Mercer Report Details “Levels of Value”—Mercer Capital Reviewed by Momizat on . Why Estate Planners Need to Understand This Critical Valuation Element of a Buy Sell Agreement All businesses with more than one shareholder should have a curre Why Estate Planners Need to Understand This Critical Valuation Element of a Buy Sell Agreement All businesses with more than one shareholder should have a curre Rating: 0
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Mercer Report Details “Levels of Value”—Mercer Capital

Why Estate Planners Need to Understand This Critical Valuation Element of a Buy Sell Agreement

All businesses with more than one shareholder should have a current, well-written buy-sell agreement, asserts Mercer Capital. And for clients with valuation processes as part of their agreements, it is critical to understand “levels of value”: Strategic Control Value, Financial Control Value, Marketable Minority Value, and Nonmarkettable Minority Value. Here’s more:

The levels of value chart has been an established model since the early 1990s. The original chart showed three levels [per figure] In current thinking, there are four conceptual levels of value . . .

  • Strategic control value refers to the value of an enterprise as a whole, incorporating strategic features that may motivate particular buyers and capturing the expected business and financial synergies that may result from its acquisition. Higher expected cash flows relative to financial buyers may enable strategic (or synergistic) purchasers to pay premiums, often called strategic control premiums, relative to financial control values. Strategic buyers may also increase the price they will pay based on the use of their own, presumably lower, cost of capital.
  • Financial control value refers to the value of an enterprise, excluding any synergies that may accrue to a strategic buyer. This level of value is viewed from the perspective of a financial buyer, who may expect to benefit from improving the enterprise’s cash flow but not through any synergies that may be available to a strategic buyer.

Many business appraisers believe that the marketable minority and the financial control levels of value are, if not synonymous, essentially the same. One way of describing the financial control value is that buyers are willing to pay for the expected cash flows of enterprises and will pay no more than the marketable minority value. However, they may believe they can run a company better and if the competitive bidding situation requires that they share a portion of potential improvements with the seller, these two levels can diverge somewhat.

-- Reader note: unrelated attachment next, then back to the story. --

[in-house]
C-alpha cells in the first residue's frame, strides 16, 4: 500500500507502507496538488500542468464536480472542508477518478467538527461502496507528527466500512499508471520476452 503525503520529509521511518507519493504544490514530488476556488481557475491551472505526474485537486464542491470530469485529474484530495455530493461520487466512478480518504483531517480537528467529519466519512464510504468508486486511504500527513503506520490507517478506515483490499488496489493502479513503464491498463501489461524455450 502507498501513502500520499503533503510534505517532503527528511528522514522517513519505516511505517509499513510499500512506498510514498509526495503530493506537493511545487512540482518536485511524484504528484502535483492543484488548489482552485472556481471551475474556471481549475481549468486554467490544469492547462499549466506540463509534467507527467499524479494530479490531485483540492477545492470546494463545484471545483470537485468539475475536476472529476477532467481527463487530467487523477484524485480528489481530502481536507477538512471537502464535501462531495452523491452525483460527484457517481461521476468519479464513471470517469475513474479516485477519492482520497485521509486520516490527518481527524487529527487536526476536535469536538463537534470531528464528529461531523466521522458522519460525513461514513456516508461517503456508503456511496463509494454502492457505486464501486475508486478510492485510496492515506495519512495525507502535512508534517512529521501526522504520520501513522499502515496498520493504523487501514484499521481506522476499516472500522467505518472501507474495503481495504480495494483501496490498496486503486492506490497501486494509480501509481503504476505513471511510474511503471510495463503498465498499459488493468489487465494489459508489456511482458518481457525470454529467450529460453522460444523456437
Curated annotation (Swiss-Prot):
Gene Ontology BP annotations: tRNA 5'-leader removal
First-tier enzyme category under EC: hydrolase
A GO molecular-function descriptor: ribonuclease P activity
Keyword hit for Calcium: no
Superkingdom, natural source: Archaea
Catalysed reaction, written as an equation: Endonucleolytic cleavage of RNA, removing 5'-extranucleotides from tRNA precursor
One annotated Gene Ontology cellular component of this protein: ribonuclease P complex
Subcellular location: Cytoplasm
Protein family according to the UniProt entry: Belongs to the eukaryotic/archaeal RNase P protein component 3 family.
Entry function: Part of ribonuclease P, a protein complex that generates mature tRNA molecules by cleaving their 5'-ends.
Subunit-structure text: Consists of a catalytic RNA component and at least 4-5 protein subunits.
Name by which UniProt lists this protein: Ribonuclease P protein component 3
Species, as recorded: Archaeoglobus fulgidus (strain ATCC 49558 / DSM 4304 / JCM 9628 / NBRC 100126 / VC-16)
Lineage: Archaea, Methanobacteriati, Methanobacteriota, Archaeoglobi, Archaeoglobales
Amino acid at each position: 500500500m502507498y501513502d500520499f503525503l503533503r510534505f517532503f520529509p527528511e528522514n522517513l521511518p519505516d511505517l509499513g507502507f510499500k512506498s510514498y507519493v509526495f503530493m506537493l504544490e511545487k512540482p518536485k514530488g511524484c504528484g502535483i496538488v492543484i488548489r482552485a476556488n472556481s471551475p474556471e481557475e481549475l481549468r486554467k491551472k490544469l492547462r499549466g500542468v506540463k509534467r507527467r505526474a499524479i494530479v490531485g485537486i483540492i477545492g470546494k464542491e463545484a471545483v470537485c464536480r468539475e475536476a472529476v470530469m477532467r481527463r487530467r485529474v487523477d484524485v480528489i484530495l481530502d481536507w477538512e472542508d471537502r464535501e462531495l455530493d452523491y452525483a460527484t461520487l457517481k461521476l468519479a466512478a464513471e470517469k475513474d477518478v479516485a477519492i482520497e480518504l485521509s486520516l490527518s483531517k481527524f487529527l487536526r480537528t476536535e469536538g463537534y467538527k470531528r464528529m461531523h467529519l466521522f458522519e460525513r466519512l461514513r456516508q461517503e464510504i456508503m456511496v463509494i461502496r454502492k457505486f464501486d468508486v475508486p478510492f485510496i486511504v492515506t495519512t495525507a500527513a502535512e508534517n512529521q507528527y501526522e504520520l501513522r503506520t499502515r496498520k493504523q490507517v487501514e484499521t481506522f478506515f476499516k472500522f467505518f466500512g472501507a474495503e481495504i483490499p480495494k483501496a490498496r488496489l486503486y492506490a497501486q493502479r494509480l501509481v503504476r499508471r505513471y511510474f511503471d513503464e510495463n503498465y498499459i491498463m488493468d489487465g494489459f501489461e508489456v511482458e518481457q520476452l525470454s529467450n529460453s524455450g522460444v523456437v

• FCP is the financial control premium. The financial control premium is shown, conceptually, to be nil, or at least very small in Figure 2.
  • MID is the minority interest discount. The minority interest discount is also shown to be conceptually nil or very small. This is consistent with the discount being the conceptual inverse of the financial control premium, which is itself nil or very small.

Read the whole piece at the Mercer site.

levels of value

The Traditional Model of the “Levels of Value,” Shown Above, Asserts Mercer, Should Be Expanded to Include Four Concepts. Find Out How at the Mercer Site.

The National Association of Certified Valuators and Analysts (NACVA) supports the users of business and intangible asset valuation services and financial forensic services, including damages determinations of all kinds and fraud detection and prevention, by training and certifying financial professionals in these disciplines.

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